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Author Gives Back with Her Book "The Screaming Stone"

January 30, 2014

J.P Osterman is a former teacher and the author of the 2011 book, “The Screaming Stone.” J.P is a skilled writer and has won awards for her writing from the Maui and Southern California Writing Conferences. Her passions in writing have been focused on quest-driven novels, from science fiction to young adult novels. We recently talked with J.P to discuss her work. 

How did you first get involved with the autism community?

I became involved with the autism community in the late 1970s in California when my oldest son Michael was diagnosed with autism at the age of almost 4. In those days, physicians weren’t knowledgeable about the neurological experience, that’s how I personally describe autism and Asperger’s syndrome. I spent months at various doctors’ offices trying to understand why Michael could not speak but just scream, not interact with other children but only jump around and rock in place. 

After a child psychiatrist finally diagnosed Michael, I began attending classes at a Regional Center in California, learning behavioral strategies, and attending support groups to help me and Michael. With my 16-year-old son Andrew, who has Asperger’s, we have attended Meet Ups with other parents and Andrew has interacted with his peers at various Meet Ups and support groups. Here in Melbourne, Florida is a Scott Center for Autism at the Florida Institute of Technology. My family plans to become involved at the Scott Center as we continue to settle in Florida.

We were fascinated by character Robbie in  "The Screaming Stone". Can you tell us a bit about what inspired Robbie’s character? 

I modeled Robbie’s character on my own two children and another close family member. While growing up, I also had a few other relatives who I believe had Asperger’s but who received little or no assistance, for example, support groups, let alone an education, job preparation, and social-interaction opportunities to equip them to navigate successfully through life. Furthermore, people blamed their parents or how their parents raised them. So ludicrous!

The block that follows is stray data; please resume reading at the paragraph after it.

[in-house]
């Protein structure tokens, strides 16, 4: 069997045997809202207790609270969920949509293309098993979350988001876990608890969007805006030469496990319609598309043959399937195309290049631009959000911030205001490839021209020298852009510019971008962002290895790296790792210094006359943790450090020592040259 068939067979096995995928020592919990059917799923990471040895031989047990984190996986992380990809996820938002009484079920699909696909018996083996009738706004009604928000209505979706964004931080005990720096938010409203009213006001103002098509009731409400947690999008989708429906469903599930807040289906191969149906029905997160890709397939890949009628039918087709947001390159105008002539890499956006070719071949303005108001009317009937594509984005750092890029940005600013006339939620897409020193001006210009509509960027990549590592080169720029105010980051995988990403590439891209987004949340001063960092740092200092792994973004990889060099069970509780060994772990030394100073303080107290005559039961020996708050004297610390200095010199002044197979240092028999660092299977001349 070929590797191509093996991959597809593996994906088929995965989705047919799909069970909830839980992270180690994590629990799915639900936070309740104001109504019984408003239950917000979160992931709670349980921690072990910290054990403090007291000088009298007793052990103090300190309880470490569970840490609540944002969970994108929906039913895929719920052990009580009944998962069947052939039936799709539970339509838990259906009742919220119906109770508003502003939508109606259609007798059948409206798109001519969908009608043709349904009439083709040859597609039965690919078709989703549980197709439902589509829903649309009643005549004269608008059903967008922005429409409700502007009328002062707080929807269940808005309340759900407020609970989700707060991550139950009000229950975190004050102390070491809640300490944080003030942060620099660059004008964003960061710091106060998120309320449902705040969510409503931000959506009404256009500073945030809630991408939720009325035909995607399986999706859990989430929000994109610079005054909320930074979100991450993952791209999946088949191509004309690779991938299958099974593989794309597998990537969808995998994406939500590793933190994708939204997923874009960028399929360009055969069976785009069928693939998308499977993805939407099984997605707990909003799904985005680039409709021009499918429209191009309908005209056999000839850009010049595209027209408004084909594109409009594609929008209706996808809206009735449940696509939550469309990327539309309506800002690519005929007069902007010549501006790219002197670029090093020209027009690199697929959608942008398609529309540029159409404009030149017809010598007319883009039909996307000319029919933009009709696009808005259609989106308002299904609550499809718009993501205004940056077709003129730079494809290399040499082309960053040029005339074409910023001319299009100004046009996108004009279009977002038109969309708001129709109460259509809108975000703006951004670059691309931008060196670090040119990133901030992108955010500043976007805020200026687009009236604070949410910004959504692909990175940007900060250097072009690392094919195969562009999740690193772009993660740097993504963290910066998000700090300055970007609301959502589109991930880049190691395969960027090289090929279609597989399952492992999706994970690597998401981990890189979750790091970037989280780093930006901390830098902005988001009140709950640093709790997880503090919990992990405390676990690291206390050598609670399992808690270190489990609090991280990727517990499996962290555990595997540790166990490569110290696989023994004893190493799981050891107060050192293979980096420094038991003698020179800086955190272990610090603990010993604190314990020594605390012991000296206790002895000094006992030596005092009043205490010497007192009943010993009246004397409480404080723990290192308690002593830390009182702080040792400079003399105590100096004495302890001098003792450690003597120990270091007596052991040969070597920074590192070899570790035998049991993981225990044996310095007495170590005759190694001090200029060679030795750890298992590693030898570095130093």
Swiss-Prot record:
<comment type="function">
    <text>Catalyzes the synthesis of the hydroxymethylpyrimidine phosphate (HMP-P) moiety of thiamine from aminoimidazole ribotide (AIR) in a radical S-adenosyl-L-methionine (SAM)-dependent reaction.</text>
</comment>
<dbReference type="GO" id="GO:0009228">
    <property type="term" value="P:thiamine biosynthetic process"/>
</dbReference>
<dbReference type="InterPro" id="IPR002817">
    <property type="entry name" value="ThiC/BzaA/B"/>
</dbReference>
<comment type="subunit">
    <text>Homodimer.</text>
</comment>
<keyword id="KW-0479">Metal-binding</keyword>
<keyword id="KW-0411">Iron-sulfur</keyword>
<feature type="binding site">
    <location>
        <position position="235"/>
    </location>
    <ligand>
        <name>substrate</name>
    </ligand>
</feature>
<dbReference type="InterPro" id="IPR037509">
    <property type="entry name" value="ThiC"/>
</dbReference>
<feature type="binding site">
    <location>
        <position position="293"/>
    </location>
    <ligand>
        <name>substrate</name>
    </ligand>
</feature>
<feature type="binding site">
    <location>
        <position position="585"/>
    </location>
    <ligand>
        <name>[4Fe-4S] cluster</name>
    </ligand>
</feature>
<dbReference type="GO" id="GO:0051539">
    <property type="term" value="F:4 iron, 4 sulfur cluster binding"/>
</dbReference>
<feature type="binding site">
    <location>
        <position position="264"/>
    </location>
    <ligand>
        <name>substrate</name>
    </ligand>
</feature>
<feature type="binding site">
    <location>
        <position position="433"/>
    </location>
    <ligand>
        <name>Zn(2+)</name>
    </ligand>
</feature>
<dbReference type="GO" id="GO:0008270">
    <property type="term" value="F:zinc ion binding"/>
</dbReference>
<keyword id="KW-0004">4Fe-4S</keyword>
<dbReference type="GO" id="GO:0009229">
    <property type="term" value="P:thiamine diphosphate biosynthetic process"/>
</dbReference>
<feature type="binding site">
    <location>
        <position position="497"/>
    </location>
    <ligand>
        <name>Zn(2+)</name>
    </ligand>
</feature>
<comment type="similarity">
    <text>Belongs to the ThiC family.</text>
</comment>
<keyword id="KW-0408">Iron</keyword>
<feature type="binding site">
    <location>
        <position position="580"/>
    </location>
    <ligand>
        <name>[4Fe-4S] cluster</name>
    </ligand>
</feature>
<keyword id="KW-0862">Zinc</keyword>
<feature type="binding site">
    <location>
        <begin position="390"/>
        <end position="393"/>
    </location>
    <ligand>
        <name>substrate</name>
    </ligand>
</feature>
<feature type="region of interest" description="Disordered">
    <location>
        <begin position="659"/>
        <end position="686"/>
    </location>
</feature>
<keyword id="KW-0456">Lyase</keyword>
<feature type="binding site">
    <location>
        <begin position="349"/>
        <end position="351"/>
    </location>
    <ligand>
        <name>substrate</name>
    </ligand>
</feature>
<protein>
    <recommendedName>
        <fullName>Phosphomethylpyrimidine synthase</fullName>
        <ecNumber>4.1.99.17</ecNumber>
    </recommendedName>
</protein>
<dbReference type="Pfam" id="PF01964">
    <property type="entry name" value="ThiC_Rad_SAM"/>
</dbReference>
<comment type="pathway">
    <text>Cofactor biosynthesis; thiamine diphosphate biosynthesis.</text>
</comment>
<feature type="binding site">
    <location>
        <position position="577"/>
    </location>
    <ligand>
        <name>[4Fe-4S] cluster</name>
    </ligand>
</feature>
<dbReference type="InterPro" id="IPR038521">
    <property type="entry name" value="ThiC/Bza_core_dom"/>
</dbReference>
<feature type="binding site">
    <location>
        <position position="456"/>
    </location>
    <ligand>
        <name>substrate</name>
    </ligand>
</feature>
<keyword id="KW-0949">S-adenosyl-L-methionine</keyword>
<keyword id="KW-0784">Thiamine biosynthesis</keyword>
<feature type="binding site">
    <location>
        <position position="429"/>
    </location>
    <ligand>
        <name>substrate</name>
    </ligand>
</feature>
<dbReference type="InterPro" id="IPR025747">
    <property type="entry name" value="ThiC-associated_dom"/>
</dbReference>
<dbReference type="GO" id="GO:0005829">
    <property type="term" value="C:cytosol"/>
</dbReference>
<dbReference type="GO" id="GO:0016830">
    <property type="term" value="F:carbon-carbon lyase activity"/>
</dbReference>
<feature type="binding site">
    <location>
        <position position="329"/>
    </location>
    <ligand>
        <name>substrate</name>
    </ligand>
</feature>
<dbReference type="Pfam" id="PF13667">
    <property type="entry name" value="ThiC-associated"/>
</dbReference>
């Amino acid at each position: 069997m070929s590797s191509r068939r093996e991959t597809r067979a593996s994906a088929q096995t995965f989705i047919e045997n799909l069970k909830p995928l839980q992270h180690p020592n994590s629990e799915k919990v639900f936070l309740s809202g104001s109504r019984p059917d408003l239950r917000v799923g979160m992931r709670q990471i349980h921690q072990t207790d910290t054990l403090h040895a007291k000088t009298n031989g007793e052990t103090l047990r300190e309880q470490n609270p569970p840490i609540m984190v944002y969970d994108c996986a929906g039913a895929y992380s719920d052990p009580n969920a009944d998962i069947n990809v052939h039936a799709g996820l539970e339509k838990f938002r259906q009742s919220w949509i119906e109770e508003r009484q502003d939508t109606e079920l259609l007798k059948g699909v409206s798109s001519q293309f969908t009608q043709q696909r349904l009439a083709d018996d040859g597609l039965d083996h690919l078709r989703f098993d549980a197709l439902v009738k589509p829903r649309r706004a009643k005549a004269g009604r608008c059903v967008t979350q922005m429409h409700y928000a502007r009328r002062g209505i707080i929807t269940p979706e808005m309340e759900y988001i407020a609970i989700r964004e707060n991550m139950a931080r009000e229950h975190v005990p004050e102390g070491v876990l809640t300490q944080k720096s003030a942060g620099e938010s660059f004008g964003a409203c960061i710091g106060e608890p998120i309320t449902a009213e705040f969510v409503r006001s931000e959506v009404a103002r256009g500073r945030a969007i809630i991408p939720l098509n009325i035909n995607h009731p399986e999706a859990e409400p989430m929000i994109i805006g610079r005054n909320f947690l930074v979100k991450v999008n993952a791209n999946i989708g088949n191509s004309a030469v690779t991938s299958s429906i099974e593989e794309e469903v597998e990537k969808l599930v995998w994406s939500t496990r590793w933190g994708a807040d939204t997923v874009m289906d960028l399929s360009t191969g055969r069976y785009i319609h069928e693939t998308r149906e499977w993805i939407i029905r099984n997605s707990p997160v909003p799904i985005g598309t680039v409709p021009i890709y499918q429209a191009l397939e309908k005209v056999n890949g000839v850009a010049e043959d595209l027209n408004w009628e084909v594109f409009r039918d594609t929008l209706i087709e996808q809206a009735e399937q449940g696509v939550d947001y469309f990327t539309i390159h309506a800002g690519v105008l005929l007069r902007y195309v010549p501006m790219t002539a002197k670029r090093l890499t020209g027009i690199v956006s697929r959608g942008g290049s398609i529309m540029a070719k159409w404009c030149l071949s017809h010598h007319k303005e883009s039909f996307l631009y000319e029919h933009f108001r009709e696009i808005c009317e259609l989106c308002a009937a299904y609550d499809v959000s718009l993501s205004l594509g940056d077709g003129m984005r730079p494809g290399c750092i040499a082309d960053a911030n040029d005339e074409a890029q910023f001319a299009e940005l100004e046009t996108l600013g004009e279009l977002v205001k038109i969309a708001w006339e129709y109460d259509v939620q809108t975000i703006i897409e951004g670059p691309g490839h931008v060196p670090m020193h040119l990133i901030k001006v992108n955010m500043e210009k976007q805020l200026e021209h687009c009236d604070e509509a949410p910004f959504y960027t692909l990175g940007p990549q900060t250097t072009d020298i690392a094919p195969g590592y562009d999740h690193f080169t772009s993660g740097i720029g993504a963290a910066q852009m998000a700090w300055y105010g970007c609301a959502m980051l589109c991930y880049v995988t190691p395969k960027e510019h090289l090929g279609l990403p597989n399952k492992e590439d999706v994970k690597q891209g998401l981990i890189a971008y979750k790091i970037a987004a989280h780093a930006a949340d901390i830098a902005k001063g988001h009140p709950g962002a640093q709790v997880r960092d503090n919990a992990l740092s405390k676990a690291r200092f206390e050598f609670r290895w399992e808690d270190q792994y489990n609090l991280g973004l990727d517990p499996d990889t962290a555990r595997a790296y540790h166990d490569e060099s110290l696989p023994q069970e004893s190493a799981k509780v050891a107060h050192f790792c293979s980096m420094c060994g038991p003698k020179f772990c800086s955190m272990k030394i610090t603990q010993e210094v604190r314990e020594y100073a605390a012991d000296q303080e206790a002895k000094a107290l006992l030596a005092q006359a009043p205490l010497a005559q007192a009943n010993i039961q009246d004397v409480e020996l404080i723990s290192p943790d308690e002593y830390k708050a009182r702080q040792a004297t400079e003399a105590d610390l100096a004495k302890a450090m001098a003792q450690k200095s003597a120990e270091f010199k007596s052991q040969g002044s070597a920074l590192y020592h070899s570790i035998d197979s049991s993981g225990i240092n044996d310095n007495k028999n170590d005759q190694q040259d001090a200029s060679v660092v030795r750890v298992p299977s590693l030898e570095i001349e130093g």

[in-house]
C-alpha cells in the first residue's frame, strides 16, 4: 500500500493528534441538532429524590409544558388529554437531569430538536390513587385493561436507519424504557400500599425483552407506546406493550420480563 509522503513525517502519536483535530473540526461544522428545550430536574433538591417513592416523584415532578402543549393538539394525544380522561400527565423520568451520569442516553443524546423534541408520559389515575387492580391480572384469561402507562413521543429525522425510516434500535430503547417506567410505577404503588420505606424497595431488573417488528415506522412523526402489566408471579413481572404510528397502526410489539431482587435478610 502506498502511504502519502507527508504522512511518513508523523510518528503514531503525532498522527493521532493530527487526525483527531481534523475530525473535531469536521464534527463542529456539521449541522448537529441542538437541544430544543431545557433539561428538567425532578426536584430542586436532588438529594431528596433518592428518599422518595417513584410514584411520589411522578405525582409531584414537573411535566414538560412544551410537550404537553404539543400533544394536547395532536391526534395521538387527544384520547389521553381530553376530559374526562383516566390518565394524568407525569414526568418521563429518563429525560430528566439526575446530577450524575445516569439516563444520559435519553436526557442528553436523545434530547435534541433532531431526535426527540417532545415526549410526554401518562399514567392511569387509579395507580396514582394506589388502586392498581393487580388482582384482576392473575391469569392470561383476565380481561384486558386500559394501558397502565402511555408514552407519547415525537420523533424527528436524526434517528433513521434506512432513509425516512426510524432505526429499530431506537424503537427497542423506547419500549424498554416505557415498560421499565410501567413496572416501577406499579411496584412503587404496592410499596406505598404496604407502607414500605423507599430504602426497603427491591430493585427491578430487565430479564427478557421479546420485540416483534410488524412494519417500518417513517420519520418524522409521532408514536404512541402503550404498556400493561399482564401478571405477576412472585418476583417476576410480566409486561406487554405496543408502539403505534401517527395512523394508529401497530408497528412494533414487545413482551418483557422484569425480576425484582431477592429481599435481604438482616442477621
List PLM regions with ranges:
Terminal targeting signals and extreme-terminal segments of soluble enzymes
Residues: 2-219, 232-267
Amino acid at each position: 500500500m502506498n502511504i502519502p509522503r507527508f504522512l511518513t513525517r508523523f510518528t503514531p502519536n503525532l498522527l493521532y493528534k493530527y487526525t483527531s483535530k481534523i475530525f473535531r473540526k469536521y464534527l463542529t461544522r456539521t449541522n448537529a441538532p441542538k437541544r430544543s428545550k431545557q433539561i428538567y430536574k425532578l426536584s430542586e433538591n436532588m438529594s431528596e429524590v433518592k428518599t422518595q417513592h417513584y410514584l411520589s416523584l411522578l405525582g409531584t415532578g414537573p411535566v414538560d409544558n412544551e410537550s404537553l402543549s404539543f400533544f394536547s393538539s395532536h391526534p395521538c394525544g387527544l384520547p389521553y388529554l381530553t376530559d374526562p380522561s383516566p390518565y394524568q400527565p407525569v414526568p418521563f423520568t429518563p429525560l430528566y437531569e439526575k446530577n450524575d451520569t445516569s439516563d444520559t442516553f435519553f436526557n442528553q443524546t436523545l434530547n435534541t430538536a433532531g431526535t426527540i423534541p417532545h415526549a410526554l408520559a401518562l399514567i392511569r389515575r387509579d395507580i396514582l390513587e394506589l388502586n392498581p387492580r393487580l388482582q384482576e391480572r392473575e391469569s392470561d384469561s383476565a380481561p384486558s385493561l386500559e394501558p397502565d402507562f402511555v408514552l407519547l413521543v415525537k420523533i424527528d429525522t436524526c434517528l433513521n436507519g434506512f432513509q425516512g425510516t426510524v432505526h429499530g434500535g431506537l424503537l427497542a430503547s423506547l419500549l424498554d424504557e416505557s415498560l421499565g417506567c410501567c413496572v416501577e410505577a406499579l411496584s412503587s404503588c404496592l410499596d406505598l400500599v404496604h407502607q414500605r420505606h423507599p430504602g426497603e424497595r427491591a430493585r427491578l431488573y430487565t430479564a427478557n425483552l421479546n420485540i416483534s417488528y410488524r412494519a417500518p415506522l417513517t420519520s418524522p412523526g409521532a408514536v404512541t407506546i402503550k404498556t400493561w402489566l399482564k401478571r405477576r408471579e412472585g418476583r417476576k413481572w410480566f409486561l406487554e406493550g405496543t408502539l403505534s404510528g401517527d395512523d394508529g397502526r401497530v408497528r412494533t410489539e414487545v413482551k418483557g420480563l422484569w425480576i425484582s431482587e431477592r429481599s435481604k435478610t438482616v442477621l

Such misinformation people had back in those days of the 1960s, 70s, and 80s! “Sad,” I always thought, growing up in the background of my genius but enigmatic relatives. And I felt so helpless to defend them and help them. For example, I had an uncle who died homeless because he could never hold a job and relate to people to keep a job. Raising my own autistic son and Aspie son, I can’t tell you how many times I felt ashamed when strangers were staring at or laughing at my “different” children. I sure learned how to block out staring and pointing people! 

Since Asperger’s was not a formal diagnosis until the late 1980s, very few people with “the unique, neurological processing experience” received help, social/behavior assistance, or education. In my book, my great-uncle Charlie is one of those types of people. He and my other homeless uncle “slipped through the cracks of life” to live isolated lives. After my great-Uncle Charlie died, they didn’t discover his body for over nine days! In my own personal experience, I see autism and Asperger’s as definitely having a genetic component. I tried hard also to illuminate the brilliant genius inside the autistic/Aspie individual. 

Can you tell us what’s next for you? 

I keep writing novels, all sorts of novels, from science fiction to whistle-blowing action-adventure stories. I have book II in my Marcie and Robbie story percolating and hopefully will begin the novel later this year. I also continue to help my 16-year-old son with his social struggles as we utilize all the necessary assistance to help him navigate through life successfully. Good news about my 36-year-old autistic son: Because of all the help and additional years of education he received due to the advancement of autism awareness, he has a daily job, a roommate, and likes his life. I am so proud of Michael for working so hard and living in the world successfully.

Thanks to the generosity of J.P, 90% of each book purchased of her book “The Screaming Stone” will be donated to Autism Speaks to support our mission! You can purchase her book on Amazon, Infinity Publish and Smashwords